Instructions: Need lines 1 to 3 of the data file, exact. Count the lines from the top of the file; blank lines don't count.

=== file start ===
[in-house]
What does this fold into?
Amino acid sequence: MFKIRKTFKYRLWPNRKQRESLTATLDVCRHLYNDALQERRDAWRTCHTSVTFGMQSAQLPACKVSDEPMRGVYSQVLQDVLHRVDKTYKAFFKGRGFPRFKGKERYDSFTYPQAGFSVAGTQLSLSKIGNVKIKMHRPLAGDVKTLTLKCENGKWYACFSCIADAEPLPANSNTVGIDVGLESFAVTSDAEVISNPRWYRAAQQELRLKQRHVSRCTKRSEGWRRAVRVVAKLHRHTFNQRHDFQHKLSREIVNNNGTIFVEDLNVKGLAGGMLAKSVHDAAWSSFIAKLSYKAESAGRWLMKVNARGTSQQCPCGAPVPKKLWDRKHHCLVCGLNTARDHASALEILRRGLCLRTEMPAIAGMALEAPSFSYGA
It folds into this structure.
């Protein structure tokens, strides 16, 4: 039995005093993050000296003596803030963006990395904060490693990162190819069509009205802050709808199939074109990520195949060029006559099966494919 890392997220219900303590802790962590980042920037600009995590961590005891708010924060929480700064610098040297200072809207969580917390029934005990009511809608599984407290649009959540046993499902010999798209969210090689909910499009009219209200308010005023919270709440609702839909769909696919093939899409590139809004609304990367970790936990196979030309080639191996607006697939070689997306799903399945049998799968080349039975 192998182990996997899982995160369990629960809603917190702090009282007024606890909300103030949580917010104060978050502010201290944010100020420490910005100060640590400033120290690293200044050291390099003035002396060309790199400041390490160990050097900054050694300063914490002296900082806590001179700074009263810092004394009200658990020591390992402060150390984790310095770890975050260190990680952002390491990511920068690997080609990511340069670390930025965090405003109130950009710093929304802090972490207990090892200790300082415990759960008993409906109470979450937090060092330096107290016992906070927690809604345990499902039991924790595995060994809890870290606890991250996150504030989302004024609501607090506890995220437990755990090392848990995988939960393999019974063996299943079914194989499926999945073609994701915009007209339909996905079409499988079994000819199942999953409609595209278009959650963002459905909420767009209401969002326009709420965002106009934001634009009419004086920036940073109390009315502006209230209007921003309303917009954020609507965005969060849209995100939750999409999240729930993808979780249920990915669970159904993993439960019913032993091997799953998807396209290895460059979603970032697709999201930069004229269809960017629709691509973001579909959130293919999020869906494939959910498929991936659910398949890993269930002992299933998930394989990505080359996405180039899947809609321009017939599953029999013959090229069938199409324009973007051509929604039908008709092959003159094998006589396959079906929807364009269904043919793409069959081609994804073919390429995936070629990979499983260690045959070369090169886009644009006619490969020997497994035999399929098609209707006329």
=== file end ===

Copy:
[in-house]
What does this fold into?
Amino acid sequence: MFKIRKTFKYRLWPNRKQRESLTATLDVCRHLYNDALQERRDAWRTCHTSVTFGMQSAQLPACKVSDEPMRGVYSQVLQDVLHRVDKTYKAFFKGRGFPRFKGKERYDSFTYPQAGFSVAGTQLSLSKIGNVKIKMHRPLAGDVKTLTLKCENGKWYACFSCIADAEPLPANSNTVGIDVGLESFAVTSDAEVISNPRWYRAAQQELRLKQRHVSRCTKRSEGWRRAVRVVAKLHRHTFNQRHDFQHKLSREIVNNNGTIFVEDLNVKGLAGGMLAKSVHDAAWSSFIAKLSYKAESAGRWLMKVNARGTSQQCPCGAPVPKKLWDRKHHCLVCGLNTARDHASALEILRRGLCLRTEMPAIAGMALEAPSFSYGA